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Coalition Airstrikes Help Some Libyans Flee Fighting for First Time

The battle for Libya turned to a key eastern city as coalition warplanes bombed Moammar Gadhafi’s forces, who attempted to wrestle the city from rebel control. Lindsey Hilsum of Independent Television News reports on the day’s events.

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    In Libya today, the struggle turned to a key city in the east. Overnight, British and French warplanes blasted government forces outside Ajdabiya. The attacks gave new hope to rebels hoping to break the siege of the city.

    We have a report from Lindsey Hilsum of Independent Television News.


    Pausing to pray, Libyan rebels on the front line. A few miles to the west, they're trying to take advantage of the British and French overnight bombing of Col. Gadhafi's forces around Ajdabiya.

    They watch for more airstrikes. This could be their moment to push Gadhafi's forces back. The fighting is going on down the road. Col. Gadhafi's forces aren't giving up. The coalition airstrikes give the rebels their best chance of retaking the town of Ajdabiya.

    One man just said to me: "I used to dread the sound of airplanes overhead. Now I love it."

    The Ministry of Defense released video of precision-guided Brimstone missiles. They were targeting the Gadhafi forces' defensive line around Ajdabiya. The coalition don't want to bomb inside the town, for fear of killing civilians. Some who were leaving the town said last night's attacks had an immediate impact.

    ABDULLAH AL SOOL, businessman: Gadhafi's army starts to leave their places in the west side because the planes start to hit them.


    The airstrikes have suddenly opened up corridors, enabling people to flee. This family said they'd been trapped in Ajdabiya for 25 days, running from house to house. Only now can they get out.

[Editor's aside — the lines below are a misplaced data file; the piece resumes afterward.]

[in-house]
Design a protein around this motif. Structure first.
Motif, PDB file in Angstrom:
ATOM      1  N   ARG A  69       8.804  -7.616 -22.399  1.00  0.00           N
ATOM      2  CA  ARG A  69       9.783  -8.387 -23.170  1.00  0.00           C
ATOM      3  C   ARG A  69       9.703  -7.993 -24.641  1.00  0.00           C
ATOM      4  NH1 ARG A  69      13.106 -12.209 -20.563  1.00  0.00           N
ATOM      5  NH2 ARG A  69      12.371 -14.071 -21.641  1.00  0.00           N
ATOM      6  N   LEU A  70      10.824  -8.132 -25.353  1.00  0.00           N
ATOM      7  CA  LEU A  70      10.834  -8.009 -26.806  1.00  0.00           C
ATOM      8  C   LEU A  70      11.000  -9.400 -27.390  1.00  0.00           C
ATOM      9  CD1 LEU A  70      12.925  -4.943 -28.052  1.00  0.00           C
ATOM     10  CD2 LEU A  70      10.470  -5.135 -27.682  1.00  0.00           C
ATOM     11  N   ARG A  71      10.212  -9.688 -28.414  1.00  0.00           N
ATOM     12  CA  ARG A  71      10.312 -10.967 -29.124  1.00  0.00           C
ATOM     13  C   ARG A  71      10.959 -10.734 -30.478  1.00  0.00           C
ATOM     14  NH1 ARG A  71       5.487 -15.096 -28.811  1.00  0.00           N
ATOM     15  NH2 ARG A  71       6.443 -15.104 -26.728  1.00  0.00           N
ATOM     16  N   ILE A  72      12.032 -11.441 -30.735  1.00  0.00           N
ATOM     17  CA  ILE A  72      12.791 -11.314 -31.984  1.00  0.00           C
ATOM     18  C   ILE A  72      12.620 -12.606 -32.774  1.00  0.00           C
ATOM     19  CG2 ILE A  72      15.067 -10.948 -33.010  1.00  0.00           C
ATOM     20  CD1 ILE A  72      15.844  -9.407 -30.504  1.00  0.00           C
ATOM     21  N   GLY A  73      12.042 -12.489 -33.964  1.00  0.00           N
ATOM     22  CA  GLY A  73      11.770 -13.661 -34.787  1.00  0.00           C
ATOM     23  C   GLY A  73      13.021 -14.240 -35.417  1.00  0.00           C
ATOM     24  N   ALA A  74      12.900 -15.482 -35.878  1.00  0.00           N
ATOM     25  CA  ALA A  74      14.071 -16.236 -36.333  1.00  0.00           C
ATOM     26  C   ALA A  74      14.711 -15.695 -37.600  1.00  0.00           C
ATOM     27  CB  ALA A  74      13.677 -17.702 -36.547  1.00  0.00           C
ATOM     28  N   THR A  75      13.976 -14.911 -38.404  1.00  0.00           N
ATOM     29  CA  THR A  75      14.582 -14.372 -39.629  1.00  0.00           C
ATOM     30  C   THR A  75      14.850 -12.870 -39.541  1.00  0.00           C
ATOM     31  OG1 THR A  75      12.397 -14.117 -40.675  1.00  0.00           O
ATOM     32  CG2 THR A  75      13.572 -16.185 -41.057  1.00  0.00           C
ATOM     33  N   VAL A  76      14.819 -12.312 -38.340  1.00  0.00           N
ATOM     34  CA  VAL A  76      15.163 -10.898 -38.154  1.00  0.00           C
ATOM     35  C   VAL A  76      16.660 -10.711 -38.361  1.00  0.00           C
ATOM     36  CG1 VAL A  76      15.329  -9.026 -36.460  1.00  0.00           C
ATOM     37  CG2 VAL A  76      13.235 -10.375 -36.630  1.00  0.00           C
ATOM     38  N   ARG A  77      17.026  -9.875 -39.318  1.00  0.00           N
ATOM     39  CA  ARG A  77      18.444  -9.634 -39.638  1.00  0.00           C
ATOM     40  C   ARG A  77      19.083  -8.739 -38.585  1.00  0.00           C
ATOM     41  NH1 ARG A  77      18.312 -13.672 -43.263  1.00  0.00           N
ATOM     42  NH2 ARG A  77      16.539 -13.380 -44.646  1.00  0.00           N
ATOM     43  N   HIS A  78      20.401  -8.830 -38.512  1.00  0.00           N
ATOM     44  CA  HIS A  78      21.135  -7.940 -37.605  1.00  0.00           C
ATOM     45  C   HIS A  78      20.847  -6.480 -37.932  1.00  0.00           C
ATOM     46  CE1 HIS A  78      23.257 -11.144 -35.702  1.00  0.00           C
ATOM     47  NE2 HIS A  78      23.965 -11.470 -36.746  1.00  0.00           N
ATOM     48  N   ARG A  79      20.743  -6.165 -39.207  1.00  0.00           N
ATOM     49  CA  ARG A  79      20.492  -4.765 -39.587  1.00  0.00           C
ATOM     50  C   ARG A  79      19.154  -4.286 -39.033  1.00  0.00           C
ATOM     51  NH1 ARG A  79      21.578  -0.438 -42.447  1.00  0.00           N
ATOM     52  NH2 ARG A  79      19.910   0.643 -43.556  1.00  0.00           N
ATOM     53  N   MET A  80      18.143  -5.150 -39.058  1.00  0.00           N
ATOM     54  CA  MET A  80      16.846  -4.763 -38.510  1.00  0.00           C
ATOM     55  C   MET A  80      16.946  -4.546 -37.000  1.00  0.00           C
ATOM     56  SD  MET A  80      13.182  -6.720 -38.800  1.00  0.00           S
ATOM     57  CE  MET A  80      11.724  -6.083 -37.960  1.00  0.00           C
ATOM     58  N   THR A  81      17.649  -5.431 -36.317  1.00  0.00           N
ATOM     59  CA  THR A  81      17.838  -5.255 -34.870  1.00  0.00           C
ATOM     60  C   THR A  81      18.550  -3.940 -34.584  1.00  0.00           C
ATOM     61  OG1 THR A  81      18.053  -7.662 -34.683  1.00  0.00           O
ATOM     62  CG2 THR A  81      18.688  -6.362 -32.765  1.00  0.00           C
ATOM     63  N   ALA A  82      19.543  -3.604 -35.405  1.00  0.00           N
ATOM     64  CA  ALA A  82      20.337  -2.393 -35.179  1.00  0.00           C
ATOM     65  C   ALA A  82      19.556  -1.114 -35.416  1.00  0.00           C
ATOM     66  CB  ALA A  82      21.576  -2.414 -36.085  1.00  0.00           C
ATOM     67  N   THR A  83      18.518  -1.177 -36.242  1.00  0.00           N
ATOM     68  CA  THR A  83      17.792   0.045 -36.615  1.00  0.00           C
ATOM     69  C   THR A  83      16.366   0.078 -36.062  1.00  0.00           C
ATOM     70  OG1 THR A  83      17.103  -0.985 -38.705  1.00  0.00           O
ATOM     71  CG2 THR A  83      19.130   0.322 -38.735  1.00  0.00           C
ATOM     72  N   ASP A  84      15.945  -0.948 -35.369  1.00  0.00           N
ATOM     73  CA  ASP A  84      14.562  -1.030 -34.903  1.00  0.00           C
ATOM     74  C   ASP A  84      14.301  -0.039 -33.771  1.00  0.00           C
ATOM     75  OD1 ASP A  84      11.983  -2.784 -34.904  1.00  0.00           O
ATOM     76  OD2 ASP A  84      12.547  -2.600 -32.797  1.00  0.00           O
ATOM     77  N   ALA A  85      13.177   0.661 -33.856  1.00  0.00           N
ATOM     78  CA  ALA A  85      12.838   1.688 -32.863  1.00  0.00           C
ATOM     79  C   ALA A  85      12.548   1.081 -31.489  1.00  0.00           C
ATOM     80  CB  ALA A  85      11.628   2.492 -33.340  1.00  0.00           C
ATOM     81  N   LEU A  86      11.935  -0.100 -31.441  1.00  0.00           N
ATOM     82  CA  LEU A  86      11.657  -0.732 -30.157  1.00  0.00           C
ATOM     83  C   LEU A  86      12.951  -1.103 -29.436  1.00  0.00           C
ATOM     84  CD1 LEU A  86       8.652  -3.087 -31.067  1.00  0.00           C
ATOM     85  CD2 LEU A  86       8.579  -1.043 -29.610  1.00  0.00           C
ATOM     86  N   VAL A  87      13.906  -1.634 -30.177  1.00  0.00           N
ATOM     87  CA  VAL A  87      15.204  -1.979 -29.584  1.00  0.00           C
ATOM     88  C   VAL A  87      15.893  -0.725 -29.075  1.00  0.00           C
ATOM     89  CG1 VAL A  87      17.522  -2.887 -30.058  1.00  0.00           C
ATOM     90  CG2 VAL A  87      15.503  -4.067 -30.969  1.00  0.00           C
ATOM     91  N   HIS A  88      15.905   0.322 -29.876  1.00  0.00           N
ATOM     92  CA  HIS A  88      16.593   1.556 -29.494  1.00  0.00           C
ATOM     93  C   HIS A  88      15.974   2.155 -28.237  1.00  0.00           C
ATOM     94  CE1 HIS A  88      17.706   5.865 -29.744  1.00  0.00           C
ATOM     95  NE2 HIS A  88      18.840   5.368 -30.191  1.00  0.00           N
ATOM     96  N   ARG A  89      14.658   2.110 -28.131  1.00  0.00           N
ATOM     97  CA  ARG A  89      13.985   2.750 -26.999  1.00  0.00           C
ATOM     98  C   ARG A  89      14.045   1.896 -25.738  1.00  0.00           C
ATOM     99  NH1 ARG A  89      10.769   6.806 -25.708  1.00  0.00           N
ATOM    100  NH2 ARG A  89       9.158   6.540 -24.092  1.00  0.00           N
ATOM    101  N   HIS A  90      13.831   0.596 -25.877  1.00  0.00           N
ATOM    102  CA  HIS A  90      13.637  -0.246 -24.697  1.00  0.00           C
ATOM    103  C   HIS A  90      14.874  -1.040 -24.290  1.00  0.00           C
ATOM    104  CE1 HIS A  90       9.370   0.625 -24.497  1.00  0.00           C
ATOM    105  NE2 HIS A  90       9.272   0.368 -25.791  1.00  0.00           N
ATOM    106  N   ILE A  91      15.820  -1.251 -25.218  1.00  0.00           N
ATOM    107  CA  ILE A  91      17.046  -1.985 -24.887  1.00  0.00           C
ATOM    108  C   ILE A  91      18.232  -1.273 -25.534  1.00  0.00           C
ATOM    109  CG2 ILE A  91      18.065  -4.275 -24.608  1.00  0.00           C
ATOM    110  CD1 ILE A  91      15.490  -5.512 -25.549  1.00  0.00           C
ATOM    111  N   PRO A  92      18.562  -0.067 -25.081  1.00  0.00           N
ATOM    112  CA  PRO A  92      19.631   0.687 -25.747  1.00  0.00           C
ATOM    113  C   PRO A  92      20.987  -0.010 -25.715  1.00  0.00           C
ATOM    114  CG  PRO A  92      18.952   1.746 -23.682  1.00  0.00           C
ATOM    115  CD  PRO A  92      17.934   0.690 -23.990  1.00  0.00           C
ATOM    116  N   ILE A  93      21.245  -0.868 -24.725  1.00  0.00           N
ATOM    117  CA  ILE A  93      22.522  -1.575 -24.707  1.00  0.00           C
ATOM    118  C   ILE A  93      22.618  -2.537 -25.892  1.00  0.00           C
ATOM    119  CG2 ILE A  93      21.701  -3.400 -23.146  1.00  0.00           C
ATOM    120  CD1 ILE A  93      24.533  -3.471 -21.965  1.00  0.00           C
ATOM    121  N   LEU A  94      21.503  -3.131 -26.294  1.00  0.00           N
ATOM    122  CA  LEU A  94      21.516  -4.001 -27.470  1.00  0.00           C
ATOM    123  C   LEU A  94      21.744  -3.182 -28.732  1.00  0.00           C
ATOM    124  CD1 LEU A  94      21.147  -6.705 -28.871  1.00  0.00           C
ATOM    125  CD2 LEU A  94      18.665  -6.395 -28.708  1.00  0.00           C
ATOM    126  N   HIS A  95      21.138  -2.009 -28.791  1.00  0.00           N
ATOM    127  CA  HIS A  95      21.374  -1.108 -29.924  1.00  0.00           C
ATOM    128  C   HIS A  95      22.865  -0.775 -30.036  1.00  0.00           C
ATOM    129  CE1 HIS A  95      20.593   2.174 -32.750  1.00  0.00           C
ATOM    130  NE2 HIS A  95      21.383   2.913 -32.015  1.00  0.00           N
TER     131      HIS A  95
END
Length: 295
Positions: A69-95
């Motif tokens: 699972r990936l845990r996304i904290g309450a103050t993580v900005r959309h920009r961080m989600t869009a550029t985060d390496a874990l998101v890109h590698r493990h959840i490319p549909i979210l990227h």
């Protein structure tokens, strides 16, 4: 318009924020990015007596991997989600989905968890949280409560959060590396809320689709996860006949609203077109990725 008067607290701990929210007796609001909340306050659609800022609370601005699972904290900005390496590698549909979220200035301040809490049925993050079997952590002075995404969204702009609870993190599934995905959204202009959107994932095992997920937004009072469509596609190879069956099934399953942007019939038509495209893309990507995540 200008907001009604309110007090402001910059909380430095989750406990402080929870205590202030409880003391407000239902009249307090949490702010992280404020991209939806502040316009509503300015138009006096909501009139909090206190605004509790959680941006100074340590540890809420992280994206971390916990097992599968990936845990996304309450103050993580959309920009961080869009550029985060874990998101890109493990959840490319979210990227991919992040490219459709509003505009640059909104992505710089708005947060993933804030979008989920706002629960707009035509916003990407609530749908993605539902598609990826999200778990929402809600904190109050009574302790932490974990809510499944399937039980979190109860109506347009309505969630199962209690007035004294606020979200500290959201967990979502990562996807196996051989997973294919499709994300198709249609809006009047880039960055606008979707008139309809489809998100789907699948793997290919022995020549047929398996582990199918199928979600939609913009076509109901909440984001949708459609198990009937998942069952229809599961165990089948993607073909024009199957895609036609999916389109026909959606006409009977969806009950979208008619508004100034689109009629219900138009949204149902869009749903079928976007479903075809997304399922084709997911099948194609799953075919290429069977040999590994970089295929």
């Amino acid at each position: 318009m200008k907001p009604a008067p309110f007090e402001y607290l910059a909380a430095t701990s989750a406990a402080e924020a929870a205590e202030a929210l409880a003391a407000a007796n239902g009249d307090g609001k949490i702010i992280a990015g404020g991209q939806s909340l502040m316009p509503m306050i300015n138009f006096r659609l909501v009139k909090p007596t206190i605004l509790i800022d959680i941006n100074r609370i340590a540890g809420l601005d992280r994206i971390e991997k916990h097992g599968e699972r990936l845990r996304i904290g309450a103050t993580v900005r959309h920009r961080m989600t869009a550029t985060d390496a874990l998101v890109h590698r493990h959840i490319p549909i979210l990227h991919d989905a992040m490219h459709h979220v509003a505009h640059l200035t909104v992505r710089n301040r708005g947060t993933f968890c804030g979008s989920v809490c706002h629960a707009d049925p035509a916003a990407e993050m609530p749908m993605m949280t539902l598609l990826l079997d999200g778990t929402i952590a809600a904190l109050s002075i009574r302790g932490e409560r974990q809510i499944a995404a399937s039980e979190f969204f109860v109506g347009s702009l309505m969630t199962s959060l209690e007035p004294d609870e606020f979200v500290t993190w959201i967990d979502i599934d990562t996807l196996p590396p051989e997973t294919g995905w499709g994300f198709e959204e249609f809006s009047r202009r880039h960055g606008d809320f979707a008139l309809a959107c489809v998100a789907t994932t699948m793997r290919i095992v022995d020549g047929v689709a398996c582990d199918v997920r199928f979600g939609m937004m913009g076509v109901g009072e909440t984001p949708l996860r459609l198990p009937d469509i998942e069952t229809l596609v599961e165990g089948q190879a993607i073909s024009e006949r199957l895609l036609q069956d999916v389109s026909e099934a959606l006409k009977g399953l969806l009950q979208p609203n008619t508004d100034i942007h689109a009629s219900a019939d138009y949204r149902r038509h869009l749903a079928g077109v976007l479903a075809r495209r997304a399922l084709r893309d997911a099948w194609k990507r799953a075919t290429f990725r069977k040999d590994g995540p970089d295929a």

• MAN:

    No water.


    No water?

  • MAN:

    No light, no…


    No light?

  • MAN:

    No light.


    Very difficult.

  • MAN:



    God, he said, was their only hope.

    Some told me that Gadhafi's soldiers are taking off their uniforms, but keeping their weapons.

    BASHAR HAMAD, civil servant (through translator): From yesterday until now, they're shooting indiscriminately. When someone comes to rescue the injured, they fire with snipers. That's what is happening in Ajdabiya.


    The rebels have rockets and some heavy weapons, but they say they need more. The danger for them is that Western politicians and publics may lose patience. Success may depend on Col. Gadhafi's troops deserting and his political support collapsing, rather than any rebel advance.


    Late today, Al-Jazeera television reported rebel fighters had entered the eastern half of the city.

    In other developments, NATO said it will take over enforcing the no-fly zone over Libya by Monday. And President Obama spoke with U.S. congressional leaders about the operation. A spokesman said the president will update the public in the very near future.